Here's how much you need to exercise to reduce your risk of breast cancer

14 October 2015

Dr Christine Friedenreich
Is 150 minutes of moderate physical activity each week enough to prevent cancer?

That’s what exercise guidelines have been telling us, but this amount is based on what science found is sufficient to reduce the risk of developing cardiovascular disease.

So Dr Christine Friedenreich of Alberta Health Services set out to determine the optimal amount of physical activity for cancer prevention.

The results of her Breast Cancer Exercise Trial in Alberta (BETA trial) are now in: being physically active for 300 minutes each week provides the greatest benefit for breast cancer risk reduction.

“A lot of people are rightfully concerned about cancer,” says Dr Friedenreich. “But exercise is a way to control your health and reduce your risk of developing cancer, and that’s a very empowering and positive message.”

Even though her study focused on breast cancer, the findings could also apply to other forms of cancer for which being overweight is a proven risk factor (e.g.; colorectal, esophageal, kidney).

How does exercise help to prevent cancer?

Being overweight or obese increases a person's risk of developing certain cancers, including breast.

Fat tissues are the main source of hormones that can increase the risk of developing breast cancer after menopause (breast cancer is most commonly diagnosed in women between the ages of 50 and 69) as well as affect the body’s immune and inflammatory responses, which also play a role in cancer development.

Increase your activity level

“There are benefits when you exercise for 150 minutes per week, so that’s already a good amount,” says Friedenreich. “But if you can do more – say 60 minutes, 5 days a week – there’s an even greater benefit.”

To reach the exercise target of 300 minutes per week, Dr Friedenreich recommends that you make physical activity part of your daily routine by:

  • using active transportation (e.g.; riding your bike, walking) to commute to work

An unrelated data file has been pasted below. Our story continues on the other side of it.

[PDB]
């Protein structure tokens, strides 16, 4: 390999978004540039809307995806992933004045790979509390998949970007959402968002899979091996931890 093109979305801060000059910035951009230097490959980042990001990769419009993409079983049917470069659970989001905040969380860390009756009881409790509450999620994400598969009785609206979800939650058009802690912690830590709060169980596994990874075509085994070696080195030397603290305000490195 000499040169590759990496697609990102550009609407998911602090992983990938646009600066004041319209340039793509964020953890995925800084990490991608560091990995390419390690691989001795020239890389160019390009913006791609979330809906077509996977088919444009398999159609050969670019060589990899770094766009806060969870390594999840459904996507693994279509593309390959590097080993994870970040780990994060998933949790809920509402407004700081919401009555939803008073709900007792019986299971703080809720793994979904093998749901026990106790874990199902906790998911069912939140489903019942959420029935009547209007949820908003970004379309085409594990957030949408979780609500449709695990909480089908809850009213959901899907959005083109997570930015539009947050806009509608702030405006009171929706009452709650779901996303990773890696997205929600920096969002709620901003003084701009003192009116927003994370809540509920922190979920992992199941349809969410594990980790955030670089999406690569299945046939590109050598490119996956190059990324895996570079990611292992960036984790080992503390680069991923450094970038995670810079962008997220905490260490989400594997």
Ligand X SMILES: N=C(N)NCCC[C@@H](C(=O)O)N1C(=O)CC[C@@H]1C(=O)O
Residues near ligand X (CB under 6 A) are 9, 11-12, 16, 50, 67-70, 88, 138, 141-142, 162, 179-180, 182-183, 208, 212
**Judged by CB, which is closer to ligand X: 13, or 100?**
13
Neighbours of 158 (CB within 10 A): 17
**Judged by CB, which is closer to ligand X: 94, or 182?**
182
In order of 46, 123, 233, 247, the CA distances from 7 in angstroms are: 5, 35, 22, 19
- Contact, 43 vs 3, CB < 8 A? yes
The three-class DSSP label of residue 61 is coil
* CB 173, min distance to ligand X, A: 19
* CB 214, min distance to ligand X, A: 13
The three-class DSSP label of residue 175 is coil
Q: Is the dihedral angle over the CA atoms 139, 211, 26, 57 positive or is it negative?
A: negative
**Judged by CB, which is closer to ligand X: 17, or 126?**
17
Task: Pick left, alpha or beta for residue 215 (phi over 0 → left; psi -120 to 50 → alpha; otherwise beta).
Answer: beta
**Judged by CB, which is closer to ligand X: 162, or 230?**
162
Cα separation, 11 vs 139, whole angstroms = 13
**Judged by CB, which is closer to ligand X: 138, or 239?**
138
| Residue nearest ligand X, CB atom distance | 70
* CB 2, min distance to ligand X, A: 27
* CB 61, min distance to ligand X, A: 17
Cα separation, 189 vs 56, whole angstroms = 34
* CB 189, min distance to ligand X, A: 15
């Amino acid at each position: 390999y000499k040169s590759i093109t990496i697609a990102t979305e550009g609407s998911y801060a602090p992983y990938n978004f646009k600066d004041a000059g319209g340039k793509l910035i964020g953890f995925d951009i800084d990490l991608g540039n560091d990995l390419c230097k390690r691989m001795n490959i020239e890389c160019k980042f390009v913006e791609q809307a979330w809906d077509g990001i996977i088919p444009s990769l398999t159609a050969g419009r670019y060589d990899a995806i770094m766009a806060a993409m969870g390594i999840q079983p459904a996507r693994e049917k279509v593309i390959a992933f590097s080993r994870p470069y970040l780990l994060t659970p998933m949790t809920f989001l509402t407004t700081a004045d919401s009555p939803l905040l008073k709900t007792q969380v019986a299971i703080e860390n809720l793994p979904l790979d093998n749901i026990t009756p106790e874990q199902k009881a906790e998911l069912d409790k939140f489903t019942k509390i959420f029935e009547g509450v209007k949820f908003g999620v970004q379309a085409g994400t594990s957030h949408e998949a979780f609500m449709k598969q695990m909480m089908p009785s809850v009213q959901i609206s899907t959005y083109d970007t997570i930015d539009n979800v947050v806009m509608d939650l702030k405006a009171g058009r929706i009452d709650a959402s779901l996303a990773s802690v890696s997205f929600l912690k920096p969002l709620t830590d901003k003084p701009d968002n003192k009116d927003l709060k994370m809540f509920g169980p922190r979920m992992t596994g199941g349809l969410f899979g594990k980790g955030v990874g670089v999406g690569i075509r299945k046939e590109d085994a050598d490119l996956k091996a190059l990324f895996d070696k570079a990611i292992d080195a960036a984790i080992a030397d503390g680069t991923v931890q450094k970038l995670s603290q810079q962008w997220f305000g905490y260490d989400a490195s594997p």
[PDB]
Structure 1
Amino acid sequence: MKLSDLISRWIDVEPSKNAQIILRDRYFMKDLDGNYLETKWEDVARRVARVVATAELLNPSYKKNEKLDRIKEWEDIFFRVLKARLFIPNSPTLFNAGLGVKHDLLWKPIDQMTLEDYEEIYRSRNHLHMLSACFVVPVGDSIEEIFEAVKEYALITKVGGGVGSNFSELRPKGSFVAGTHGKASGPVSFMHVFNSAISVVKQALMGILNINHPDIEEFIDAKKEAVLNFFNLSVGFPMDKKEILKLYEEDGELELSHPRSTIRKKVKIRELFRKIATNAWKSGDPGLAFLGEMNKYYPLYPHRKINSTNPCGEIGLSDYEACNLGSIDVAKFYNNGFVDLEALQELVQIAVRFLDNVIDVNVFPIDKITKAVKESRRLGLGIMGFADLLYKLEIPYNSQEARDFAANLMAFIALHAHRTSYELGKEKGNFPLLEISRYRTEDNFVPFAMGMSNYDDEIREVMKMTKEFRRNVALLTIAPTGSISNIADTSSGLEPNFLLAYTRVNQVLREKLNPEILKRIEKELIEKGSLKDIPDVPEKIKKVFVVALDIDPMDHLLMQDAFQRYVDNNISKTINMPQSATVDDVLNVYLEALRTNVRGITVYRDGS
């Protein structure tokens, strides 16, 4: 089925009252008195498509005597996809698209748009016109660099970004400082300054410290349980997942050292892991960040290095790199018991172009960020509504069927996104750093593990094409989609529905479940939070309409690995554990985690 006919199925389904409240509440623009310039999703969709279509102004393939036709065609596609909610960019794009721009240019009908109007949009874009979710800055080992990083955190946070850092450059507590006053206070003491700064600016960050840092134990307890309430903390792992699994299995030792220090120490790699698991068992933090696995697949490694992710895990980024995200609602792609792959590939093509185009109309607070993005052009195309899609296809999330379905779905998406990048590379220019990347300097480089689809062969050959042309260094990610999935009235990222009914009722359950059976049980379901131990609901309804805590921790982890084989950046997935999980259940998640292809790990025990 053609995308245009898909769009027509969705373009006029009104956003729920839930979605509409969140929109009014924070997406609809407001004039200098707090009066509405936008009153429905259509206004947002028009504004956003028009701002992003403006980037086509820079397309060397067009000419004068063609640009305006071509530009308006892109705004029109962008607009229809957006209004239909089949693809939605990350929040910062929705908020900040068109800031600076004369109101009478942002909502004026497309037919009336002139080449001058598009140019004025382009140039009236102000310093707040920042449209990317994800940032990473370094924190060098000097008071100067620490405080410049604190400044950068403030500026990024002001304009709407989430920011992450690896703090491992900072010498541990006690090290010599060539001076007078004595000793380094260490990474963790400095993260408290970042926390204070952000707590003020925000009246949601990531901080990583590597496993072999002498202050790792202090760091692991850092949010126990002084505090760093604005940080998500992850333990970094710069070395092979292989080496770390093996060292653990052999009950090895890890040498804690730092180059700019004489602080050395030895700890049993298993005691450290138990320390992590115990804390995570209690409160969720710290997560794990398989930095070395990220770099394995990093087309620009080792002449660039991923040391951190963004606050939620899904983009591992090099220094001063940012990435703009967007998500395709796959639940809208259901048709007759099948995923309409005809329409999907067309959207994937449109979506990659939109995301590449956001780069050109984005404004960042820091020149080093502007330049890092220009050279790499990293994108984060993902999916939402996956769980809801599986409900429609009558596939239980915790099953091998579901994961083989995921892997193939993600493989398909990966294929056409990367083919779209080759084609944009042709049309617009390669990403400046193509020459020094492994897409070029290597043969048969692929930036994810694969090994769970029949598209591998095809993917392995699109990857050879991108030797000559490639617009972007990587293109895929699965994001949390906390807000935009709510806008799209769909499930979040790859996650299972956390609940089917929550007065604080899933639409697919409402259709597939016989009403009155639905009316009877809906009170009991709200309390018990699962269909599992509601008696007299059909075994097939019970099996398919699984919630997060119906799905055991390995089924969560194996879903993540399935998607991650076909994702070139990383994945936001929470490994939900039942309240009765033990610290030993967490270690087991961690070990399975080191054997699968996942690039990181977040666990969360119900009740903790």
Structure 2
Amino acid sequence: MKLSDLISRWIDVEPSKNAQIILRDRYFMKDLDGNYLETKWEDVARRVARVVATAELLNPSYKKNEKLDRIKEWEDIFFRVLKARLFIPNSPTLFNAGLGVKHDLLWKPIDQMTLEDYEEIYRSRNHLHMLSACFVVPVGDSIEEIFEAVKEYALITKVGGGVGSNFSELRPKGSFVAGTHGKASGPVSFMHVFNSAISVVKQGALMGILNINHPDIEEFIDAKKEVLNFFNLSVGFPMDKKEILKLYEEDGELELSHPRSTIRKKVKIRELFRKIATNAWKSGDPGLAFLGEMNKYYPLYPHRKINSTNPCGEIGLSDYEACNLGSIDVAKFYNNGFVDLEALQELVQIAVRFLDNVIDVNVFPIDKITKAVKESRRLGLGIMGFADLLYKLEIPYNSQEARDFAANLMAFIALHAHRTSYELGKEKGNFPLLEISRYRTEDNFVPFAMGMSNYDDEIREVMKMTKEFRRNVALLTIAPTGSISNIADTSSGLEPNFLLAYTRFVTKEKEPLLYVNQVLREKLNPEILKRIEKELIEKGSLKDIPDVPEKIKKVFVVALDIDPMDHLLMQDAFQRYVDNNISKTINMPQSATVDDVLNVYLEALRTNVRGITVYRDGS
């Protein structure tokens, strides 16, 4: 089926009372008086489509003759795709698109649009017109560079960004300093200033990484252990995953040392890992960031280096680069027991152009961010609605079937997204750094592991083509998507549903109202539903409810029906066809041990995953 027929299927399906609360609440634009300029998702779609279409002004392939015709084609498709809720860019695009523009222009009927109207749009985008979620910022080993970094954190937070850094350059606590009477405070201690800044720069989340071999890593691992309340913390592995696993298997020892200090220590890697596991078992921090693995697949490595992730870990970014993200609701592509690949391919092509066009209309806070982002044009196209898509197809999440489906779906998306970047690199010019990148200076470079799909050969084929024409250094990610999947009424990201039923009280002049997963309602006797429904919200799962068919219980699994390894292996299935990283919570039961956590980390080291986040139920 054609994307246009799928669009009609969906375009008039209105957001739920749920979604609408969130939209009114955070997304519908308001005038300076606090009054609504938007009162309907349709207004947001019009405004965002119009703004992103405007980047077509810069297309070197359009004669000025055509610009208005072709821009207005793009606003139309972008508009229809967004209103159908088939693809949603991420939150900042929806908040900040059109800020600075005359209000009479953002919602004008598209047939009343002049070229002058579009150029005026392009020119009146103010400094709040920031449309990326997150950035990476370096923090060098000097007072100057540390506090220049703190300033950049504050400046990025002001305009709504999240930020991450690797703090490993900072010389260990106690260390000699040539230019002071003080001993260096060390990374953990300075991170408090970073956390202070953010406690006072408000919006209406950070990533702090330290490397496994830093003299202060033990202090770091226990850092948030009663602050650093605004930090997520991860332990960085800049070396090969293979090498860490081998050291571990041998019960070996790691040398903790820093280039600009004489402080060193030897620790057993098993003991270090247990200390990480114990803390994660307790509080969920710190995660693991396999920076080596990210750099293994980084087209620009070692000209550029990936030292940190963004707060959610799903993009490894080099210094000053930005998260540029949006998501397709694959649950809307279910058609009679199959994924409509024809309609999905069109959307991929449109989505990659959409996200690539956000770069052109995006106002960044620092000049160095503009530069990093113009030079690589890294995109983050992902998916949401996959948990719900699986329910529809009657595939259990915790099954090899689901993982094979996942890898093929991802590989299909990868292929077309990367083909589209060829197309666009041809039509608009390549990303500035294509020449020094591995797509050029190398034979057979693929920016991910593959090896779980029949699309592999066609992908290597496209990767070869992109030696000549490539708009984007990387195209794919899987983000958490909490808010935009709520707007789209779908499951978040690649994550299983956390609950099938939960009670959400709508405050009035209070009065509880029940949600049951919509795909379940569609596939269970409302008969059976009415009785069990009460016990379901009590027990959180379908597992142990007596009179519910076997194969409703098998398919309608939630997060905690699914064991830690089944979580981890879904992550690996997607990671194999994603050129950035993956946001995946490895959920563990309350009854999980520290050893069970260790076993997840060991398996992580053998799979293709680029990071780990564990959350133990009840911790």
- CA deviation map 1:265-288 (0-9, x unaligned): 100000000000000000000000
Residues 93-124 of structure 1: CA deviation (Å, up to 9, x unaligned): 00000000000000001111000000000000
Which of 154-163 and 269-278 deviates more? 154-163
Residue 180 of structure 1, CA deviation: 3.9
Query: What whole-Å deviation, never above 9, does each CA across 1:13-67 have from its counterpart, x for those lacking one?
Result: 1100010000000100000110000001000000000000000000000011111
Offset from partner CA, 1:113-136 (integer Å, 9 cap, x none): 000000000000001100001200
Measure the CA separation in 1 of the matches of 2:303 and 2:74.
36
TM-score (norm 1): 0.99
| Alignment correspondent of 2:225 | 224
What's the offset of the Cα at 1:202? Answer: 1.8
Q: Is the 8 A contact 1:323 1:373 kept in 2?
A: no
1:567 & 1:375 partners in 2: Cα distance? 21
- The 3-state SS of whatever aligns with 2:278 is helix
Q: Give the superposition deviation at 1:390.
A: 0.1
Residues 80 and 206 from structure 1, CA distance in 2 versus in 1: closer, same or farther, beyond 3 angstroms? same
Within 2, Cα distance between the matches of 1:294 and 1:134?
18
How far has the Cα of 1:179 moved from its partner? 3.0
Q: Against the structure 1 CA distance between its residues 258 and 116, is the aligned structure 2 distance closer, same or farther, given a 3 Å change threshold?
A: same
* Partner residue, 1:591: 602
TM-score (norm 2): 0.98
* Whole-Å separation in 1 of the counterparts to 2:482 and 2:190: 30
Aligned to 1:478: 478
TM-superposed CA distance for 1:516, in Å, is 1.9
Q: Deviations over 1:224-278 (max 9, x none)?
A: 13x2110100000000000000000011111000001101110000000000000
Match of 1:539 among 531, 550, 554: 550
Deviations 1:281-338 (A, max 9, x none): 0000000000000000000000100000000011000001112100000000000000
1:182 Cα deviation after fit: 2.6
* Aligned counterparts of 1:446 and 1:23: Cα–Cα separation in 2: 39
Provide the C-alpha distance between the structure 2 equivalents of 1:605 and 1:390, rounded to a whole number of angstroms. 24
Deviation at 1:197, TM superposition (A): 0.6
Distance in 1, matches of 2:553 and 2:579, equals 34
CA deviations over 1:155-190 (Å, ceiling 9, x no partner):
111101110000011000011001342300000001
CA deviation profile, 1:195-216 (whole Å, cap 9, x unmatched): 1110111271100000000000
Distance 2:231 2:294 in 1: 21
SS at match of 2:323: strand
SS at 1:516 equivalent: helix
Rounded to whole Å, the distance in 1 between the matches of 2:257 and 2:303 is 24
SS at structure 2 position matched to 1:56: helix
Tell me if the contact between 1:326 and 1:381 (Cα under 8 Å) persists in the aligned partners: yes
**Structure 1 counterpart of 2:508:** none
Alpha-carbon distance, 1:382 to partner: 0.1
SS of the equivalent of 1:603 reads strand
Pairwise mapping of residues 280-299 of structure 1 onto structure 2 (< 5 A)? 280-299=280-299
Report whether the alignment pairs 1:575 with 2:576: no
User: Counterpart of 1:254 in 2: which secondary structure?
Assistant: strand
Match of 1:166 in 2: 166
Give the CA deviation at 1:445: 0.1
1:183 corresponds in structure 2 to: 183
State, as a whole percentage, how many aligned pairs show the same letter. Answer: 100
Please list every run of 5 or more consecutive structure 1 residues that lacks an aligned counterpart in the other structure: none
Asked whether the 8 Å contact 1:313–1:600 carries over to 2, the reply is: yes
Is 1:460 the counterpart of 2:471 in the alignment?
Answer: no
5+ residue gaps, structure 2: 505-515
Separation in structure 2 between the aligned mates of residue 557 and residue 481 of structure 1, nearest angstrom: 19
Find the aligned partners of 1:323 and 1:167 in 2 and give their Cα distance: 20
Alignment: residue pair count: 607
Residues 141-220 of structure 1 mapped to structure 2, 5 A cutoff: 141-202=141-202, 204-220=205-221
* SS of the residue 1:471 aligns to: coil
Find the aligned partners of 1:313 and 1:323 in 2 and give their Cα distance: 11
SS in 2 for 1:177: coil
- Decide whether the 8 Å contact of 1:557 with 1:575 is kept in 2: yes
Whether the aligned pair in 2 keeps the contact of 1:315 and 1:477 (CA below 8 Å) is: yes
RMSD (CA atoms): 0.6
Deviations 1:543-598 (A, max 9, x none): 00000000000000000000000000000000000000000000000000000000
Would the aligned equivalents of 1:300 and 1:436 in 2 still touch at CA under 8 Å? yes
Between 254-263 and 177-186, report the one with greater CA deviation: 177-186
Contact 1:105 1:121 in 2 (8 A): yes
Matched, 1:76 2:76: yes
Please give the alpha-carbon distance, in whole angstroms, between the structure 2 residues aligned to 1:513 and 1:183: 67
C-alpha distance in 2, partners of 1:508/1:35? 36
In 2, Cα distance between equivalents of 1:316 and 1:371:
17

• walking to the grocery store
  • walking the dog more often
  • being active on the weekends (e.g.; ski, hike, swim)

“There is a need for some discipline to make exercise a priority,” says Friedenreich. “You should set aside time every day to do something active.”

The next step

The Canadian Cancer Society awarded Dr Friedenreich with an Interventions to Prevent Cancer Grant for a supplementary study of the BETA trial. This study will examine the long-term effects of this exercise program and will address two key questions:

  1. What are the long-term effects of the exercise program on body fat levels, hormone levels and inflammation?
  2. What factors explain whether or not women keep exercising 12 months after completing the trial?

“If the women stop exercising, do they still experience any benefits (i.e., less body fat)?” explains Dr Friedenreich.

And discovering the barriers to exercise could lead to the creation of strategies that’ll increase the likelihood that women will make physical activity a priority – improving their overall health.

Dr Friedenreich and her team will also examine participants’ sedentary behaviour to see if increased levels of exercise compensate for long periods of inactivity.

“Even though people are potentially getting enough physical activity through planned exercise and sports, they may still be at increased risk for cancer if they’re spending a lot of their day being inactive and sitting,” she explains.

Dr Friedenreich and her team are still working on collecting and analyzing all the data of this Society-funded supplementary study; therefore, the results will be announced at a later date.

Thanks to you, Canadian Cancer Society-funded researchers are discovering new ways to better prevent, detect, treat and beat cancer. Learn more by reading our Research Impact Report 2014.
Back to the October 2015 issue of Cancer Challengers